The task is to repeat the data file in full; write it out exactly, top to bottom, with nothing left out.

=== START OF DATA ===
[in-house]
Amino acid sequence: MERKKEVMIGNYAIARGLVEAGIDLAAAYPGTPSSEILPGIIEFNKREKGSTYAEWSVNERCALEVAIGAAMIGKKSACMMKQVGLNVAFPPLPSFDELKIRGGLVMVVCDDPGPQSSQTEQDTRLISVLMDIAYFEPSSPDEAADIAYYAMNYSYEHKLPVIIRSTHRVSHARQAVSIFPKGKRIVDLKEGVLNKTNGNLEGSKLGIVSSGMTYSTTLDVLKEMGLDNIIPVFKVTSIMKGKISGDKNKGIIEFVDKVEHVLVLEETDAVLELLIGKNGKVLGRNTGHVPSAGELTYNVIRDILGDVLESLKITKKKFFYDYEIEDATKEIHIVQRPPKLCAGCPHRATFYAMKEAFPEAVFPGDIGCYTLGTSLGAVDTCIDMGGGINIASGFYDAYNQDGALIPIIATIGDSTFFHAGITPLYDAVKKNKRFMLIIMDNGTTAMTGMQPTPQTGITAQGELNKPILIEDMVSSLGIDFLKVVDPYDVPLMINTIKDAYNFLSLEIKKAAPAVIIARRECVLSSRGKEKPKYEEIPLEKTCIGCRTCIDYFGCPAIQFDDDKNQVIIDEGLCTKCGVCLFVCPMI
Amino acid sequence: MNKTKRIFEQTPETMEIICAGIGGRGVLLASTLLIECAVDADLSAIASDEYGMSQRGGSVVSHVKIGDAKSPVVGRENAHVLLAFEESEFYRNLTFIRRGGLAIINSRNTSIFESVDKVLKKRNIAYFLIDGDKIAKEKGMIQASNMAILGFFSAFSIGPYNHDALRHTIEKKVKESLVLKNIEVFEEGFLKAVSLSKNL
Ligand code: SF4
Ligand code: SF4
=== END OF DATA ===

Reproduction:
[in-house]
Amino acid sequence: MERKKEVMIGNYAIARGLVEAGIDLAAAYPGTPSSEILPGIIEFNKREKGSTYAEWSVNERCALEVAIGAAMIGKKSACMMKQVGLNVAFPPLPSFDELKIRGGLVMVVCDDPGPQSSQTEQDTRLISVLMDIAYFEPSSPDEAADIAYYAMNYSYEHKLPVIIRSTHRVSHARQAVSIFPKGKRIVDLKEGVLNKTNGNLEGSKLGIVSSGMTYSTTLDVLKEMGLDNIIPVFKVTSIMKGKISGDKNKGIIEFVDKVEHVLVLEETDAVLELLIGKNGKVLGRNTGHVPSAGELTYNVIRDILGDVLESLKITKKKFFYDYEIEDATKEIHIVQRPPKLCAGCPHRATFYAMKEAFPEAVFPGDIGCYTLGTSLGAVDTCIDMGGGINIASGFYDAYNQDGALIPIIATIGDSTFFHAGITPLYDAVKKNKRFMLIIMDNGTTAMTGMQPTPQTGITAQGELNKPILIEDMVSSLGIDFLKVVDPYDVPLMINTIKDAYNFLSLEIKKAAPAVIIARRECVLSSRGKEKPKYEEIPLEKTCIGCRTCIDYFGCPAIQFDDDKNQVIIDEGLCTKCGVCLFVCPMI
Amino acid sequence: MNKTKRIFEQTPETMEIICAGIGGRGVLLASTLLIECAVDADLSAIASDEYGMSQRGGSVVSHVKIGDAKSPVVGRENAHVLLAFEESEFYRNLTFIRRGGLAIINSRNTSIFESVDKVLKKRNIAYFLIDGDKIAKEKGMIQASNMAILGFFSAFSIGPYNHDALRHTIEKKVKESLVLKNIEVFEEGFLKAVSLSKNL
Ligand code: SF4
Ligand code: SF4